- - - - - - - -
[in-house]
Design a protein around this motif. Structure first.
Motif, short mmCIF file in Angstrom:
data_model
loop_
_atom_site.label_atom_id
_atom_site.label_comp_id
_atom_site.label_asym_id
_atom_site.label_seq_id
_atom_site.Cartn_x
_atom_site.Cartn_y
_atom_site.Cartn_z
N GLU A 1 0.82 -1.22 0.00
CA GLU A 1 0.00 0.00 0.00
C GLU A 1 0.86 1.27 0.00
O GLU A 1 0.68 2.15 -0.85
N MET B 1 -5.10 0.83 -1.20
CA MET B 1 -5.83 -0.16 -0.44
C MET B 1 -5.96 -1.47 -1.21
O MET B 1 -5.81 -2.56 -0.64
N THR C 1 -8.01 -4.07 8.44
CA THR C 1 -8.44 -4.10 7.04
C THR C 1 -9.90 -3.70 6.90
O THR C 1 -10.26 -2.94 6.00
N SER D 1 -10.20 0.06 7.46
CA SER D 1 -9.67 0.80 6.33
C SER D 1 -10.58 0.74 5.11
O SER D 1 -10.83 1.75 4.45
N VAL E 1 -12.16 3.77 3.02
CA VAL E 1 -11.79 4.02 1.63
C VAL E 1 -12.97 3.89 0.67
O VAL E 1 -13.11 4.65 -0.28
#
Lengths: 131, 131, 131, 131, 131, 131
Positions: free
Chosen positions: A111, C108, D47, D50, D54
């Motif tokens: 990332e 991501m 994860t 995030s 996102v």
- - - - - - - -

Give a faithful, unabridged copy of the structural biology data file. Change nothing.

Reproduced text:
[in-house]
Design a protein around this motif. Structure first.
Motif, short mmCIF file in Angstrom:
data_model
loop_
_atom_site.label_atom_id
_atom_site.label_comp_id
_atom_site.label_asym_id
_atom_site.label_seq_id
_atom_site.Cartn_x
_atom_site.Cartn_y
_atom_site.Cartn_z
N GLU A 1 0.82 -1.22 0.00
CA GLU A 1 0.00 0.00 0.00
C GLU A 1 0.86 1.27 0.00
O GLU A 1 0.68 2.15 -0.85
N MET B 1 -5.10 0.83 -1.20
CA MET B 1 -5.83 -0.16 -0.44
C MET B 1 -5.96 -1.47 -1.21
O MET B 1 -5.81 -2.56 -0.64
N THR C 1 -8.01 -4.07 8.44
CA THR C 1 -8.44 -4.10 7.04
C THR C 1 -9.90 -3.70 6.90
O THR C 1 -10.26 -2.94 6.00
N SER D 1 -10.20 0.06 7.46
CA SER D 1 -9.67 0.80 6.33
C SER D 1 -10.58 0.74 5.11
O SER D 1 -10.83 1.75 4.45
N VAL E 1 -12.16 3.77 3.02
CA VAL E 1 -11.79 4.02 1.63
C VAL E 1 -12.97 3.89 0.67
O VAL E 1 -13.11 4.65 -0.28
#
Lengths: 131, 131, 131, 131, 131, 131
Positions: free
Chosen positions: A111, C108, D47, D50, D54
């Motif tokens: 990332e 991501m 994860t 995030s 996102v």